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Are you hiring a foreign national to work in the UK?

1st April 2022

As the way we work continues to evolve at a global level, employers are looking to appoint the right people to move their organisation forward.

For companies operating in the UK, their human resource requirement may mean recruiting or assigning individuals from overseas.

We have therefore highlighted below the main areas that employers may wish to consider when appointing a foreign national to work in the UK.

Legal requirements 

Employers are under a legal duty to check that the individual has the right to work in the UK and therefore the necessary documentation needs to be in place before the employment begins to ensure that the individual is complying with the UK immigration rules.

Certain Worker Visas may require the employer to hold a Sponsorship Licence. 

Salary and remuneration package

Consideration needs to be given to the remuneration package that an employer is to provide.

Where a foreign national is being assigned to the UK by his employer, there may be additional benefits that the employer would wish to offer to attract the worker to accept the assignment. 

A typical expatriate compensation package may include:

  • Relocation costs
  • Cost of living allowances
  • Home leave reimbursements
  • Housing allowances or the provision of accommodation
  • Tuition Costs
  • Expatriate premiums for working in the UK
  • Tax costs under a tax equalisation or tax protection policy

The above list is not exhaustive but does represent a significant additional cost to a business.

The tax and national insurance implications of providing the above also needs to be considered.  

PAYE and National Insurance

UK employers must account for PAYE and NIC deductions from all employees whether UK or foreign nationals.  

For expatriate assignees who may not physically be paid in the UK, an expatriate payroll may need to be administered to ensure the correct UK withholding taxes are paid across to HMRC timely. 

Certain foreign nationals working in the UK may not be liable to UK National Insurance initially.

This may be where they are able to continue to pay social security contributions in their home country under an A1 from Europe, per the terms of a social security agreement, and/or they are working in the UK temporarily and have arrived from a rest of world location.

The rules are complex and each case would need to be looked at individually.

Tax Costs

Tax rates on employment income can differ widely from country to county meaning a foreign national may be exposed to a greater or lesser tax burden on their remuneration package when coming to work in the UK.

If an employee continues to work in their home country as well as the UK they may be liable to tax in both countries.

Employers may therefore consider bearing the cost of any potential tax differences between the home and host country by operating either a tax equalisation or tax protection policy, or paying the host country tax using a loan arrangement.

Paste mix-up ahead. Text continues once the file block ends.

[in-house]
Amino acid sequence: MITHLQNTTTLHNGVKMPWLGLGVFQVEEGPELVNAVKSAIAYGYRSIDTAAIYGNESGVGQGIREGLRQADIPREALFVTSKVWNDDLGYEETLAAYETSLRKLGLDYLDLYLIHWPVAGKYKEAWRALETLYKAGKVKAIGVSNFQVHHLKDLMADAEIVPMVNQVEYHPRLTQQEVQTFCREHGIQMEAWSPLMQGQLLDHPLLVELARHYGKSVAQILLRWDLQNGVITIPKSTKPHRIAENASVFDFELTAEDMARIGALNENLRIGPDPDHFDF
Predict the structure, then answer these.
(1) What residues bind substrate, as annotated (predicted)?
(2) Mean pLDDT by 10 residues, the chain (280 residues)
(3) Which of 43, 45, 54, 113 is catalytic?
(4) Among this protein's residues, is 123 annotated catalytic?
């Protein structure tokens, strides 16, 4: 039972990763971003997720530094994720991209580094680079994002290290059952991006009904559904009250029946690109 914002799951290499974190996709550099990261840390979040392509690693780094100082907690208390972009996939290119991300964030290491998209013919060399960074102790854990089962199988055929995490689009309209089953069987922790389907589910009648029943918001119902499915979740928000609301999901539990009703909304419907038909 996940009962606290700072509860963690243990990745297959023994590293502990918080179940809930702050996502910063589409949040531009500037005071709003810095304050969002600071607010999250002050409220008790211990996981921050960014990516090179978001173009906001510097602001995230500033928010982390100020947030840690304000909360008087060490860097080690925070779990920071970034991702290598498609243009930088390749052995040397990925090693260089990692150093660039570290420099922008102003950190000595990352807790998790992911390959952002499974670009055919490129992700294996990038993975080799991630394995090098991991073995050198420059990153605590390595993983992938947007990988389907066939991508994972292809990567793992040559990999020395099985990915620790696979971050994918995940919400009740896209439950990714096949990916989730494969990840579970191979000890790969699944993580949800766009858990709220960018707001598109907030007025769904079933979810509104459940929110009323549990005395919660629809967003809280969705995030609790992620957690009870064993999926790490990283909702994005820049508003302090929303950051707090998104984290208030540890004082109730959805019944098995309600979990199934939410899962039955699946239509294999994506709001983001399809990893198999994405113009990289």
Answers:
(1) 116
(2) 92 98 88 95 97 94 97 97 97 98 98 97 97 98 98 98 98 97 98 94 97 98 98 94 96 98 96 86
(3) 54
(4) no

Under tax equalisation, the assignee pays no more and no less tax on assignment than they would have paid had they stayed at home.

In this scenario the employer is responsible for paying all actual taxes in the home and host country and withholds from the employee a hypothetical tax, equal to the amount of tax they would have paid had they not undertaken the assignment.

Under tax protection, which is less commonly used, the employee is responsible for paying all taxes due, but where the tax in the host country is higher than in the home country the employer reimburses the employee for any excess tax.

Under either of these arrangements tax can be a significant cost for employers, especially where the home country taxes are lower than the UK.

Bear in mind the tax itself is a taxable benefit in kind and therefore needs to be grossed up for UK tax purposes.

UK tax costs can however be mitigated where an employee qualifies for overseas workday relief as detailed below.

Alternatively, using a loan arrangement would mean that the employee bears all the overall tax costs; however, the employer helps them with any cashflow disadvantage as the loan will only be repaid once the employee has made a claim for foreign tax credit relief.

Here, there could be additional benefit in kind issues where the loan exceeds £10,000.

Overseas workday relief

Certain non-UK domiciled employees are exempt from UK tax on their employment income to the extent that this is attributable to non-UK duties for the year of arrival and the following two years.

The income relating to the overseas workdays must not be remitted to the UK, meaning it must be paid and retained offshore.

This is a valuable tax saving although consideration should be given to any tax implications that may arise in the non-UK jurisdictions where the employee is working.

In conclusion the above is a brief overview of the key considerations for employers when looking to hire a foreign national to work in the UK.

If you would like to explore any of the above in more detail our global mobility team here at Bishop Fleming will be more than happy to assist.

You can contact any one of us either through your usual contact or by contacting a member of the Employer Solutions team

Our Employer Solutions Knowledge Hub contains more information on how our team can help you attract and retain talent for your business.

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